Long ago deal: City made no provision for free garage at Shops at Midtown
By Risa Polansky
Costly long-term parking at the Shops at Midtown Miami is driving employees to park in nearby neighborhoods and shoppers to cut short visits, Miami residents say — all after the Miami City Commission three years ago "promised' free parking.
Commissioners have at two recent meetings puzzled over why people must pay to park at the city-subsidized shopping complex though officials appeared to demand it be free.
The answer: commissioners publicly discussed free parking, but they never required it.
According to archived minutes, the late Commissioner Arthur Teele said in 2004 "it's parking that's going to be free to the people who use these for shops."
At the same meeting, then-Chief Financial Officer Linda Haskins said "shoppers at these kind of centers expect to not have to pay for parking."
Still, the agreement authorizing development between the city, Miami-Dade County and the Community Development District formed by the developers contains no mention of parking, free or otherwise — and commissioners approved the agreement.
"For a condition to apply like that, it has to be engraved" in the contract authorizing development, City Attorney Jorge Fernandez said last week. "If there is nothing specific written there, then it doesn't exist."
Though commissioners in 2004 discussed free parking on the dais, they never formally directed staff to list it as a development requirement.
Without a direct order to include a provision in a contract, "it doesn't become enforceable," Mr. Fernandez said.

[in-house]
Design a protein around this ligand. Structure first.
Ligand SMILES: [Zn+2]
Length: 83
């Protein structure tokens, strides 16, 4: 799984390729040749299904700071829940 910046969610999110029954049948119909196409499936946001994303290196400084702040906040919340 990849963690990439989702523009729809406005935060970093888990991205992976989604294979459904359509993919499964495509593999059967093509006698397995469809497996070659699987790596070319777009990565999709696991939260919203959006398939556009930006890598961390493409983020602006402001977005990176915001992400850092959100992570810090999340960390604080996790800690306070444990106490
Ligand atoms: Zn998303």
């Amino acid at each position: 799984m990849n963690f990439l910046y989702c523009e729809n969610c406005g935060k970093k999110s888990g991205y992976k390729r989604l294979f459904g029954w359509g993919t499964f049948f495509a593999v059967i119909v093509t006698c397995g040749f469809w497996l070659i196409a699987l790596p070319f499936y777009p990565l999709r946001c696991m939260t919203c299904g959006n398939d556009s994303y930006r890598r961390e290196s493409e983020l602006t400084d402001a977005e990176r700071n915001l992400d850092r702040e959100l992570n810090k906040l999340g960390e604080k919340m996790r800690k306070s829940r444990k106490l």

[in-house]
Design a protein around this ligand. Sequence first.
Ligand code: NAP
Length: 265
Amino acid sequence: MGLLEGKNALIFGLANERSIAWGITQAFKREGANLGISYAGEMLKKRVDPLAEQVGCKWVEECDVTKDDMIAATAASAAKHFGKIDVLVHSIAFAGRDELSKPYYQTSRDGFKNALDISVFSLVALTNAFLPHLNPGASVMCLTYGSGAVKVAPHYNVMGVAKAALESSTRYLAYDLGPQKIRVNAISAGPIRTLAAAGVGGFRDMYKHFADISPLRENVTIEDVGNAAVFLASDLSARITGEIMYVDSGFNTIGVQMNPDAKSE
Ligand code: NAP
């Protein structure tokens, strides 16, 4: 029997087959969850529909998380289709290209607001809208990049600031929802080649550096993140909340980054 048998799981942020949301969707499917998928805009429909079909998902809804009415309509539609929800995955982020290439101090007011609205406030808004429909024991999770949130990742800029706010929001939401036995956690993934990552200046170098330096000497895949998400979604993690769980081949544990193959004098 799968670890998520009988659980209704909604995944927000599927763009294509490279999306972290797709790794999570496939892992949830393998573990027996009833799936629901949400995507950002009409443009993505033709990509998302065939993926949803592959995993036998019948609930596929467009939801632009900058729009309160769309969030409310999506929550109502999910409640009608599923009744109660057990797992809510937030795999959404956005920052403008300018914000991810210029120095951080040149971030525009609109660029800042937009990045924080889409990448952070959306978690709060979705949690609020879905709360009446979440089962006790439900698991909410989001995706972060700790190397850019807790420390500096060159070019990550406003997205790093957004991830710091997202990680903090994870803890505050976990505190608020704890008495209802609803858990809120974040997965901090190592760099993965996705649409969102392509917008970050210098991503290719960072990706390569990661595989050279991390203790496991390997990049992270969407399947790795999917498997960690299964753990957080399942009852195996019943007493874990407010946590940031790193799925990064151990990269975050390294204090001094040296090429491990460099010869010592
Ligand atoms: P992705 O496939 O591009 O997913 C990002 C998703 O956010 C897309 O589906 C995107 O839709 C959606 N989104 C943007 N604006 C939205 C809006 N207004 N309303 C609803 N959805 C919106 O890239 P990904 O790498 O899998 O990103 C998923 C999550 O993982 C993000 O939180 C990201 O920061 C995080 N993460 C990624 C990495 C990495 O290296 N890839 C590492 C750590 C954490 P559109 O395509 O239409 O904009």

Commissioner Marc Sarnoff insisted at last month's commission meeting "there's no doubt in my mind" that "the agreement that occurs on this dais is the true agreement, not what is evidenced later by contract."
But Otto Boudet-Murias, former senior economic development advisor to Mayor Manny Diaz, told Miami Today in 2004 that officials "misspoke" in planning for free parking.
He and a project spokesman both clarified then that parking for shoppers would be free only for the first hour.
This leaves commissioners now to deal with disgruntled customers and area residents.
Ivan San Juan, executive team leader at Midtown's Target, noted "confusion with the (parking ticket) validation process," calling customers "frustrated."
Bruce Cutright, director of operations for the Midtown Group and chairman of the Midtown Community Development District, said parking income funds operation and maintenance of the development's public spaces, and the "only problem" he's found is Shops at Midtown employees parking in nearby neighborhoods to avoid the garage charge.
The hope is to establish required residential parking permits nearby and encourage employees to carpool and take public transportation to remedy the "unfortunate situation," he said.
But the "only way to redevelop the area," said Commissioner Tomás Regalado, is to "let the stores compete with other stores. You cannot compete in the Greater Miami area with Dadeland or Aventura if you're charging for parking."